The New England Bus Association Hall of Fame Award is given to one person each year who has made noteworthy contributions to the industry. This year the award was given to George Zeiba, whose photography has chronicled the history of the region’s bus operations.
“When we elect someone to the hall of fame, it’s usually someone who worked in the industry, like a driver, owner or salesperson. George is unique in that he’s none of those. He’s literally just a fan of the industry,” said Dennis King of King Ward Coach Lines in Chicopee, Massachusetts.
George comes from a family of bus and trolley operators. Two uncles worked weekends as mechanics at the Eastern Mass Taunton garage. His grandfather drove streetcars on the Weymouth Division of the Old Colony-Bay State and Eastern Mass St. Railway.
His interest in buses and trolleys began at the age of two when his father, who drove and maintained trolley cars, would take him to his work on his days off. If he behaved, his father would let him sit in the driver’s seat of the buses.
In high school, George had an after-school job at the Thomas Crane Public Library in Quincy, Massachusetts. This was in 1948. He started working at the library full time in 1952, leaving for a while to serve in the military.
After he returned, George became the bookmobile librarian and driver from 1957 until 1990, navigating the 13-foot-high, 39-foot-long, 96-inch-wide library-on-wheels through residential streets without hitting parked cars or tree limbs.
George married his wife Claire in 1960. They visited three trolley museums in New England on their honeymoon. On their 50th anniversary they visited several new bus garages and transit authorities in Vermont.
George and Claire are well-known among New England bus operators and are fondly referred to as the “Bus Nuts.” Whenever a new bus is added to a fleet, George is not far behind, asking to take photos. He said operators “even call me when they get new buses, so I’ll come take pictures.”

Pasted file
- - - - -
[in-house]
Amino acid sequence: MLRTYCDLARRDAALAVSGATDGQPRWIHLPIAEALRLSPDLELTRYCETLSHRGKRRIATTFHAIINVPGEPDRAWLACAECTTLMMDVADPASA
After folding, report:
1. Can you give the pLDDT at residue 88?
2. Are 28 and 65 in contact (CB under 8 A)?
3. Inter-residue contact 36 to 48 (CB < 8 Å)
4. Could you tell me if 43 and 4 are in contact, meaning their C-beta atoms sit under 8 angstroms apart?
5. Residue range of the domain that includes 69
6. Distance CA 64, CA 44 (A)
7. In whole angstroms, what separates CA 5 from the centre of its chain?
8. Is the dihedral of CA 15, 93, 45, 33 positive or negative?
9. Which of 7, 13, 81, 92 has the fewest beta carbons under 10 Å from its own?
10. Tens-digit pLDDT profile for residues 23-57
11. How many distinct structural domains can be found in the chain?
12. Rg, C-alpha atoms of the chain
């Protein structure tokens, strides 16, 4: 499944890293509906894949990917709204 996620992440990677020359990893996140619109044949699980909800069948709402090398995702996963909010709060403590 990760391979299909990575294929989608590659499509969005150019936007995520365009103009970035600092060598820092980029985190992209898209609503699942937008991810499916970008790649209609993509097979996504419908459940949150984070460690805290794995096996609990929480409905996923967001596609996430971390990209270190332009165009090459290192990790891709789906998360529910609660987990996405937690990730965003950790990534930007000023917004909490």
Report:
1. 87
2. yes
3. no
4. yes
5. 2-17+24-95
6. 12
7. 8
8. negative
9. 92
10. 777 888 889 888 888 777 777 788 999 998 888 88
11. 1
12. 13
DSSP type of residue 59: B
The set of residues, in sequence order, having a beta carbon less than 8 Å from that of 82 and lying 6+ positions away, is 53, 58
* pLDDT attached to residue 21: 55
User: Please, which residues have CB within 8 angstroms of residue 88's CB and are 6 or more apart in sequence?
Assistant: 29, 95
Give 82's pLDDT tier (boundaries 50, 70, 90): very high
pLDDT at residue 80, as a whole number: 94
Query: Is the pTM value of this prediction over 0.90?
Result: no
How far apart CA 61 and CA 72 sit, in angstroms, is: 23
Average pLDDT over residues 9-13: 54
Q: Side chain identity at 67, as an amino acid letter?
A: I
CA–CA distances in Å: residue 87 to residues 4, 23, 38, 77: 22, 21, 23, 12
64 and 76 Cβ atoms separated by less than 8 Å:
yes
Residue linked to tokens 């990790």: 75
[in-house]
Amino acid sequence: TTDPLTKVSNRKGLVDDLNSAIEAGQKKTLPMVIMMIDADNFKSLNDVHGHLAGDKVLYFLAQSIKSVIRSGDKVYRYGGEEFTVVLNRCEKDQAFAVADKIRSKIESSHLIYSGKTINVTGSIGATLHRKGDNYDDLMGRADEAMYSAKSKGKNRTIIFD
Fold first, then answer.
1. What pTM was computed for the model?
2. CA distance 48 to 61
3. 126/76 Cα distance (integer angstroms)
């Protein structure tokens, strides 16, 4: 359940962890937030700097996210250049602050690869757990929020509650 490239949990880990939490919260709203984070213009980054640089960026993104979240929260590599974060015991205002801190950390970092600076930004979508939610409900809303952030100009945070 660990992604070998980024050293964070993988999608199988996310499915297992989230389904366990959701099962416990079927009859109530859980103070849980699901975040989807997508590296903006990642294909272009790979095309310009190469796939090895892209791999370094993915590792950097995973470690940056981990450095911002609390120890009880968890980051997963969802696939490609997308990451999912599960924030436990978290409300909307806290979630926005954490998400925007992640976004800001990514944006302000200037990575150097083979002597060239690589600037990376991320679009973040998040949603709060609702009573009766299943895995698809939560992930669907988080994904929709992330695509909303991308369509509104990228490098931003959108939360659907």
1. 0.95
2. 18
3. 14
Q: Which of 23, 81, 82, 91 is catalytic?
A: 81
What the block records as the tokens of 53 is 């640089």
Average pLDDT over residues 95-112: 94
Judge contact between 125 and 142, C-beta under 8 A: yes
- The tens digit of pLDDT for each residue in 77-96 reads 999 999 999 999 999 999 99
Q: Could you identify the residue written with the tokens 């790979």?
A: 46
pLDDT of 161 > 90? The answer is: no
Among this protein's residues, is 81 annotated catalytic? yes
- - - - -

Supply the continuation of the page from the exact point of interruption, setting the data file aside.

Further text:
“I don’t think there’s a bus that came into New England that he didn’t photograph,” says Chris Anzuoni of Plymouth & Brockton Street Railway Co., in Plymouth. He gave George’s NEBA Hall of Fame induction speech in June.
George took his first pictures in 1946 using a Kodak box camera. His bus and trolley photo collections now span 375 albums, with approximately 300 photos each.
Sharing his collection
“What’s nice about George is that he doesn’t just collect stuff, but he shares it with bus operators. For example, our company was established in 1888, and George came in with hundreds of photos. Now I’ve got a bunch of pictures from the ’60s, and even from the ’30s and ’40s. It’s a world that existed back then that you don’t even know about,” Anzuoni said.
Joan Libby of Cavalier Coach Trailways in Boston points out that George didn’t simply take pictures, he documented precise details about each of the buses. “Not just our company, but every company here. He loves to take pictures of buses and has been doing it for years. He writes down the VIN numbers and the year of each bus he captures. It’s very involved, and he does a wonderful job.”
Cavalier Coach was presented with one of George’s photo albums. “It was a wonderful thing to be presented with an album 30 years ago,” Libby said. “There are recent pictures and ones going all the way back to when we first started.”
George had so many pictures of King Ward Coach Lines they filled two albums. “It has pictures of buses I forgot I even owned,” King said.
“He’s one of those guys in the industry that we call a ‘bus nut,’” King said. “George is kind of the King Bus Nut. There are others, but I know him the best.”
George is approaching his 87th birthday, and his daughter Susan says he’s slowing down.
George and his wife still find time to pursue his passion. “My parents go into Boston South Station to check out the bus action there on Fridays,” Susan says.